I found this episode particularly interesting as a Buffalo Grad:
Violin gut strings:
Red Dirt Studio on FaceBook:
A glimpse into the life of a book conservator... My friend, and former colleague, Nora Lockshin, talks about the historic significance and conservation of two Civil War-era diaries treated and housed at the Smithsonian Institution Archives.
Smithsonian Transcription Center:
From their website... "Ancestral Knowledge offers entry level and advanced programs in a wide range of program topics from; earth based living skills, nature awareness, primitive technology, and wilderness survival."
In this video, conservators turn over the Jabach portrait, which had been undergoing conservation on its reverse, so that it can be stretched onto a new frame. Michael Gallagher describes the process on the Now at the Met blog.
Cuneiform tablet gingerbread cookies courtesy of the Penn Museum blog - click here!
The application deadline for the art conservation programs is fast approaching! This recent webinar can be seen on YouTube and, "featured representatives from five North American graduate programs in art conservation: Debra Hess Norris from Winterthur/University of Delaware, Ellen Pearlstein from UCLA, Rosaleen Hill from Queens University, Peggy Ellis from NYU, and James Hamm and Meredeth Lavelle from Buffalo State. They discussed a few of the qualities that make a good candidate for graduate training." Good luck applicants!
This summer, I am one of two graduate students selected for the Andrew W. Mellon Foundation Internship in ethnographic objects at the Smithsonian Institution's National Museum of the American Indian (NMAI). I still have to pinch myself! As I will be majoring in archaeological/ethnographic objects for my graduate program's second-year specialization, the timing could not have been more ideal! This internship will provide me with unbelievable experiences in new treatment and documentation techniques, conservation science, and museum practices. (pinch!)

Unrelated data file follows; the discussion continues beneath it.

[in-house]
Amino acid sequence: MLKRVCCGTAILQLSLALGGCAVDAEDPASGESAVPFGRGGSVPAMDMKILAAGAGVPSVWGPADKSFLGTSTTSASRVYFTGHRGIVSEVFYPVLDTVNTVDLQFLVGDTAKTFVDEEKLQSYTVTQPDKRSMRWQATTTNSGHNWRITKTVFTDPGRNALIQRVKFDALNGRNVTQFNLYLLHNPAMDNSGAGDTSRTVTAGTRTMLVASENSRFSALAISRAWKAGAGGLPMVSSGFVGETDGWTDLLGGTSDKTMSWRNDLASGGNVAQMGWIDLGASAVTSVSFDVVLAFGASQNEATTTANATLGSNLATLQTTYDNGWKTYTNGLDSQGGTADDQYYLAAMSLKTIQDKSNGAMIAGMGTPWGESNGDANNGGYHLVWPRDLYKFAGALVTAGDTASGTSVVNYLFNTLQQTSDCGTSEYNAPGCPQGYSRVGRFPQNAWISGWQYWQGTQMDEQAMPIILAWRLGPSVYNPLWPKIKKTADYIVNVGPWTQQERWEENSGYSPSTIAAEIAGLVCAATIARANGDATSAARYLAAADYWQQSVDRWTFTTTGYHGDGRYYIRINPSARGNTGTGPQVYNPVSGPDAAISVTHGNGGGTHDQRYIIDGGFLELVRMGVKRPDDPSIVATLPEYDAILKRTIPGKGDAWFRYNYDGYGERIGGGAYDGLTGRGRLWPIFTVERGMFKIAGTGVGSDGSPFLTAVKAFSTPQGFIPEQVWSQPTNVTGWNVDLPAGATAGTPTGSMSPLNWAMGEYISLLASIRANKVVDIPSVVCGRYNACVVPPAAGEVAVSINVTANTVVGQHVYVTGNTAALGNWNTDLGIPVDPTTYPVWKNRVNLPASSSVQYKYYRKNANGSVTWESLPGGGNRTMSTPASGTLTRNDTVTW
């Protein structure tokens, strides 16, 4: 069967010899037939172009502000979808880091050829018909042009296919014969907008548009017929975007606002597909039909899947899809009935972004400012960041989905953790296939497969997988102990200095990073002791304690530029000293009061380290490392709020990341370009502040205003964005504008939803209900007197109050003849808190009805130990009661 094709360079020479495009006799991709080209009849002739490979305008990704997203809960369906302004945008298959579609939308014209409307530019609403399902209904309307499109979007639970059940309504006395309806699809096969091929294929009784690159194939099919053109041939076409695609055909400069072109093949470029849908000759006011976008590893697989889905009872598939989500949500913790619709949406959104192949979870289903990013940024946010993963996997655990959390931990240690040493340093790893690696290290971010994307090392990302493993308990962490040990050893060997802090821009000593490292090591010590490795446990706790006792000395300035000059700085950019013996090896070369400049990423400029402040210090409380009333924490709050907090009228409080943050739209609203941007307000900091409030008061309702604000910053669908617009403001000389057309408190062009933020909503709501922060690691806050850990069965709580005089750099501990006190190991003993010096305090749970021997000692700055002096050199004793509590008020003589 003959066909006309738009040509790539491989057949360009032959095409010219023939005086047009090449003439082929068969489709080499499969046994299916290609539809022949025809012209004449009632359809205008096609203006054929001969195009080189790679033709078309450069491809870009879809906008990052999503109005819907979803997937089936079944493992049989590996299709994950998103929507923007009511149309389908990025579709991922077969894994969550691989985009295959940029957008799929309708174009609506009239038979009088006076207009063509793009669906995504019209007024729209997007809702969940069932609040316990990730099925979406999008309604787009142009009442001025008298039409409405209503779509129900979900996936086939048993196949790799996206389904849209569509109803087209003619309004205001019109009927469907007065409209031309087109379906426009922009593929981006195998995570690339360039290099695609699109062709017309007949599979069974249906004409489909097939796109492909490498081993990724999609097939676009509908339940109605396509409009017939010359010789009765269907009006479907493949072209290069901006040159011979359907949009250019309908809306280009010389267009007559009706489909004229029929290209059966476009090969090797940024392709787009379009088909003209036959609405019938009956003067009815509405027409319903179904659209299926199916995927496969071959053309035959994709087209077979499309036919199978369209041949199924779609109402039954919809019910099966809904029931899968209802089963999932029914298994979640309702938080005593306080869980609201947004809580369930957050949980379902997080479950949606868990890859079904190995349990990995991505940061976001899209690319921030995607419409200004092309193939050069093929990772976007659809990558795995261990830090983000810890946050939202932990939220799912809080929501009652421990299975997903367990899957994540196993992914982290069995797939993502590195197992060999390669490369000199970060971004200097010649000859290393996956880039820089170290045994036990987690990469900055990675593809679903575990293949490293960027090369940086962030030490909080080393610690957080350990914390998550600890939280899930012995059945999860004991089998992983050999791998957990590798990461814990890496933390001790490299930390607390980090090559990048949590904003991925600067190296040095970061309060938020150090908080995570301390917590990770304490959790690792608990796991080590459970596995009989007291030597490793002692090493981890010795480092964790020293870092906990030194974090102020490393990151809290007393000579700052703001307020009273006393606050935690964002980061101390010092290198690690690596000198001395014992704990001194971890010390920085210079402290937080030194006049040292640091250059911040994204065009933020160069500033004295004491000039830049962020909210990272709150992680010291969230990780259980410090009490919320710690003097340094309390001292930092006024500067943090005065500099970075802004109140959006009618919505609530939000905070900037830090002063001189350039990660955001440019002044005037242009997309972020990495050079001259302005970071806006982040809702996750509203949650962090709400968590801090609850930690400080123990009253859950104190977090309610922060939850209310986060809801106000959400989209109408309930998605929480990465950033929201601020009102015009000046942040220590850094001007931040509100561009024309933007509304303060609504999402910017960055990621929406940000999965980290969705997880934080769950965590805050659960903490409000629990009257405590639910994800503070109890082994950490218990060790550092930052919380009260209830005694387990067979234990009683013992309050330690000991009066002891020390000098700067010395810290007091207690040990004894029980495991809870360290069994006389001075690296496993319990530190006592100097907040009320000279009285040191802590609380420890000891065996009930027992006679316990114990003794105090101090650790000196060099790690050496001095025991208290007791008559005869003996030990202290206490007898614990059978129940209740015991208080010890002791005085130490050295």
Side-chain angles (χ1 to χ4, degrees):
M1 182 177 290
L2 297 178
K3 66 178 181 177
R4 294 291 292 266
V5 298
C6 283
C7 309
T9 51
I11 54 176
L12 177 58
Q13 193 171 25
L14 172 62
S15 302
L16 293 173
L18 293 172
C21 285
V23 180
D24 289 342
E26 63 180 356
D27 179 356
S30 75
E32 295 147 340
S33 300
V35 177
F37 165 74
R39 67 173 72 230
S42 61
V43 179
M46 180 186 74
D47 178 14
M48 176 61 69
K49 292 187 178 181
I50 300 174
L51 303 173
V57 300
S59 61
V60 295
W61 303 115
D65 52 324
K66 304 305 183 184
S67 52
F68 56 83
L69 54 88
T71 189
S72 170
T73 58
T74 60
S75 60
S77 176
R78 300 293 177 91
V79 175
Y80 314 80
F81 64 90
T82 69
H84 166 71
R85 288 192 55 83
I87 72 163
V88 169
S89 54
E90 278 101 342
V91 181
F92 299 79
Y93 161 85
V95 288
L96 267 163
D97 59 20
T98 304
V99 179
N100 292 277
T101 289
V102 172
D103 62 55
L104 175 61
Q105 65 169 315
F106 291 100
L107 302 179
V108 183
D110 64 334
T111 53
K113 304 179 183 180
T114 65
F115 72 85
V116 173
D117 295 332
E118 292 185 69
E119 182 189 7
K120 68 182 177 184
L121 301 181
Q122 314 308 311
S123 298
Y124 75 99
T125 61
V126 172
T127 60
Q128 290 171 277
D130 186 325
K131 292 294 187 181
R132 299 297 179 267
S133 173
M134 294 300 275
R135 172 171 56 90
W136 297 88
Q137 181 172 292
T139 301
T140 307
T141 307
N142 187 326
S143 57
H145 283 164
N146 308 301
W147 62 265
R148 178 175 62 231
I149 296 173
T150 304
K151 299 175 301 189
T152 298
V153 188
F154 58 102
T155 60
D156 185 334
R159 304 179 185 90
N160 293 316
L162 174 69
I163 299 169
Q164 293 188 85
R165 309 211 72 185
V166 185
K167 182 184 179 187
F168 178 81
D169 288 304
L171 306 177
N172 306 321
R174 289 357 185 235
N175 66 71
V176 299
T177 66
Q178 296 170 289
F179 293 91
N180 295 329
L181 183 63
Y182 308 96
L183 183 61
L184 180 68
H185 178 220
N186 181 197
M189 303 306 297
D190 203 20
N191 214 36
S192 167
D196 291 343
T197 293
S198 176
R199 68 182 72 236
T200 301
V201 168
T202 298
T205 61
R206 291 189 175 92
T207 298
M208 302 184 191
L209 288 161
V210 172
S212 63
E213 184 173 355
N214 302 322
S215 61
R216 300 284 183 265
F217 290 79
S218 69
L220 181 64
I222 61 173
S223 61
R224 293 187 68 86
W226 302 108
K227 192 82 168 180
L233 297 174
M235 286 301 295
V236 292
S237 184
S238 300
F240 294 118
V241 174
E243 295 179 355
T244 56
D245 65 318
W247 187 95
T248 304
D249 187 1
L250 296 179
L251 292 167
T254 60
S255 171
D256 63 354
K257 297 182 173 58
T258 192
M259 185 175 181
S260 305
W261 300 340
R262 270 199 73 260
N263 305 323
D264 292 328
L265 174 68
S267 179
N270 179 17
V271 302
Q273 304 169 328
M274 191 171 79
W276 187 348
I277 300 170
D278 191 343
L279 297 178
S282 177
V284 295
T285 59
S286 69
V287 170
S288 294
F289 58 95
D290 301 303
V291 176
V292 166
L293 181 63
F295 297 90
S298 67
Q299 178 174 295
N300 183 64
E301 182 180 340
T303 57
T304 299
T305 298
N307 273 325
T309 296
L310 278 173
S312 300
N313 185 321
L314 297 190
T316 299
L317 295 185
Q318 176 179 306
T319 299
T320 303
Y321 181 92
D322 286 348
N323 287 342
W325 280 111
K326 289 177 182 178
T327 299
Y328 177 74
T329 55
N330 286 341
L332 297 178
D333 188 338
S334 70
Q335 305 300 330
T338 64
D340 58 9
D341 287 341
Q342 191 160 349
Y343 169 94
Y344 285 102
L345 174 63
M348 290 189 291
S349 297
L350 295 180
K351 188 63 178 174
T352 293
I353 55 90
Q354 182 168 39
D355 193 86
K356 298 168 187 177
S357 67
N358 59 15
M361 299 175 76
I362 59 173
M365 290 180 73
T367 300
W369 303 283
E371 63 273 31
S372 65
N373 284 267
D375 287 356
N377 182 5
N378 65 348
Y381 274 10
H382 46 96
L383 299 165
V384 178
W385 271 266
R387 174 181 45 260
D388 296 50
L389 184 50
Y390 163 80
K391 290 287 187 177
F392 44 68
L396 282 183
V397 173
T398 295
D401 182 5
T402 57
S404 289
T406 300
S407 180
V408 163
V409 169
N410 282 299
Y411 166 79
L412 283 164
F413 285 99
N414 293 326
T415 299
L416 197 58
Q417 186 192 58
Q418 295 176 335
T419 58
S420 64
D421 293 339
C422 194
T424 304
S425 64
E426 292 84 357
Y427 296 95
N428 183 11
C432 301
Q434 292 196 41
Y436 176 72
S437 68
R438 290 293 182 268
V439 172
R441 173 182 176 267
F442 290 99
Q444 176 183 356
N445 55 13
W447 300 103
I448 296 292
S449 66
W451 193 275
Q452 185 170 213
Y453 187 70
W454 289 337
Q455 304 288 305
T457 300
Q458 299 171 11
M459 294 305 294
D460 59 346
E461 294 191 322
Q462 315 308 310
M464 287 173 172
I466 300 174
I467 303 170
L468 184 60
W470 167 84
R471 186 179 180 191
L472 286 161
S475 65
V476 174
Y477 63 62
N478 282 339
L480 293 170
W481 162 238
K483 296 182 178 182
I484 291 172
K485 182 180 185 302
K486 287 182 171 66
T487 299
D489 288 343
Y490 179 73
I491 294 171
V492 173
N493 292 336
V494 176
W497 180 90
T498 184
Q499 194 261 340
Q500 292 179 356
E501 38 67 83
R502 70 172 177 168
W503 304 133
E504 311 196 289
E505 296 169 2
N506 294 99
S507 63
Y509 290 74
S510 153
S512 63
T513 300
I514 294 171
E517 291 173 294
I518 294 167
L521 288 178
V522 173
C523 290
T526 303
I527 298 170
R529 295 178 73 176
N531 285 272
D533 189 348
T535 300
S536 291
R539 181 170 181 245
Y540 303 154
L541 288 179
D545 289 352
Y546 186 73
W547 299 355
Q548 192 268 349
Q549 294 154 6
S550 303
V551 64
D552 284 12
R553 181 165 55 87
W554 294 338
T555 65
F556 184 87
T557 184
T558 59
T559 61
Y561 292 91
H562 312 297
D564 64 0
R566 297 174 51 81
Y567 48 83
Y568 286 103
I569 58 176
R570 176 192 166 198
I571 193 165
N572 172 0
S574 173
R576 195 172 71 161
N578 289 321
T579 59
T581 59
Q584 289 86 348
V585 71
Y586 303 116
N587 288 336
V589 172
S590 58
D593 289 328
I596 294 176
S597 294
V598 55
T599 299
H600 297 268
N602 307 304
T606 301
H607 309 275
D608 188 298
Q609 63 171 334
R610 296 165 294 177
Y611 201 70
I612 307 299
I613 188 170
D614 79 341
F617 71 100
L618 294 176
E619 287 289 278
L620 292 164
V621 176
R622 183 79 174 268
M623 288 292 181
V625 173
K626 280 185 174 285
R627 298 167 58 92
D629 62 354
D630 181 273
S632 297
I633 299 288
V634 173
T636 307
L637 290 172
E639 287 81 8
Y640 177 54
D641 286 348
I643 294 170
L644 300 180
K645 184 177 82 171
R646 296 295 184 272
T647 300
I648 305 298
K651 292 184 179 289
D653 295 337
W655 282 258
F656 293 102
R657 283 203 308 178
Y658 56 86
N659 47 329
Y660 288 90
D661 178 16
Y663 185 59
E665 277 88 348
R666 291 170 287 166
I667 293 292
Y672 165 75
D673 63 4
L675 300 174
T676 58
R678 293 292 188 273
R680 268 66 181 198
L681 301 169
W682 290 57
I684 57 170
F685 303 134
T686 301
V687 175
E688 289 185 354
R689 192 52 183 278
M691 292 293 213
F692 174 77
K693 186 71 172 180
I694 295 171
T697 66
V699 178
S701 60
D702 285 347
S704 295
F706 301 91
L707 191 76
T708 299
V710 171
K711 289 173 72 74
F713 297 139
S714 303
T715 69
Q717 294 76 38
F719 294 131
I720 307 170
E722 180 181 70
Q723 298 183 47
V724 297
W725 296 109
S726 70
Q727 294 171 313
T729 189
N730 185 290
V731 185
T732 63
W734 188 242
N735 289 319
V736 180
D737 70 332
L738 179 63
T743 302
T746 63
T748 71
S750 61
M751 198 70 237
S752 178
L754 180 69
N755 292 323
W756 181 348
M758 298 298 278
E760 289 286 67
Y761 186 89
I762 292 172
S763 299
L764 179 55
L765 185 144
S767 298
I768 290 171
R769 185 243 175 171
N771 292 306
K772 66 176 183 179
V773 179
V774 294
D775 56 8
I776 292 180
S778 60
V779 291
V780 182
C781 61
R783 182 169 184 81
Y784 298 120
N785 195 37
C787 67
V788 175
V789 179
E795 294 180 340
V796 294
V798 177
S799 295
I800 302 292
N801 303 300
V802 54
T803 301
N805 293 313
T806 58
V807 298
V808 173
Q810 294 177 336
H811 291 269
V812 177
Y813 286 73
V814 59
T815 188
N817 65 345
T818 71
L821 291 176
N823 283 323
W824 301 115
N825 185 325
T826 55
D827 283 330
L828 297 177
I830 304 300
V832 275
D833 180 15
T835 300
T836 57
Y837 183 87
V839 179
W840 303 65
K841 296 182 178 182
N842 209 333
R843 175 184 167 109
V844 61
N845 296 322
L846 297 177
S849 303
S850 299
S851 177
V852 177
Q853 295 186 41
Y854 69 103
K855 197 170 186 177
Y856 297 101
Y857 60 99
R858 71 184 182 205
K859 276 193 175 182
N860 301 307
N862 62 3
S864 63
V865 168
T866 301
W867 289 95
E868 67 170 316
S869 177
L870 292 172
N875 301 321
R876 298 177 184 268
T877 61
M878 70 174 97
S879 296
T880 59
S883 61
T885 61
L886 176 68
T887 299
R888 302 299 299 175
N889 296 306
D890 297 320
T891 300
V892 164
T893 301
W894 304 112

Joining me this summer is a Hungarian conservation intern, Reka (who is studing in Vienna, Austria) and Sasha, an environmental science and tribal historic preservation student from the Winnebago tribe and Eagle clan of Nebraska. The three of us have such different backgrounds, but are all striving for the same goal - the preservation of our cultural heritage!
Here are some photos from my first week....
Post-graduate Mellon fellows, Fran Richie (pictured) and Rebecca Summerour, gave us excellent domonstrations on how to use the museum's photo documentation studio and equipment.
Why is there a large hole in this object? For me to stick my hand through! I couldn't help investigating a bit.
photo: Fran Richie
The NMAI rock stars... its AMAZING collection of Native American objects and artifacts! These are Pomo baskets from Central California (ca. 1900-1930).
Beaded and leather Sioux mocossins from South Dakota.
NMAI number: 229739.000
Congratulations to my amazing classmates for completing our first year of grad school! We are now officially "second-years" and will be choosing our areas of specialization, which include paintings, paper, or objects. I'm still 100% objects with an interest in archaeological/ethnographic materials. This summer, the art conservation students are participating in internships with placements in private practices and museums both domestically and abroad. This summer I will be an Andrew W. Mellon Foundation intern at the Smithsonian Institution, National Museum of the American Indian in Washington, DC.
Have a great summer ladies!
To provide a glimpse into the fascinating world of art conservation and to answer the frequently asked question - What the heck does an art conservator do on a daily basis?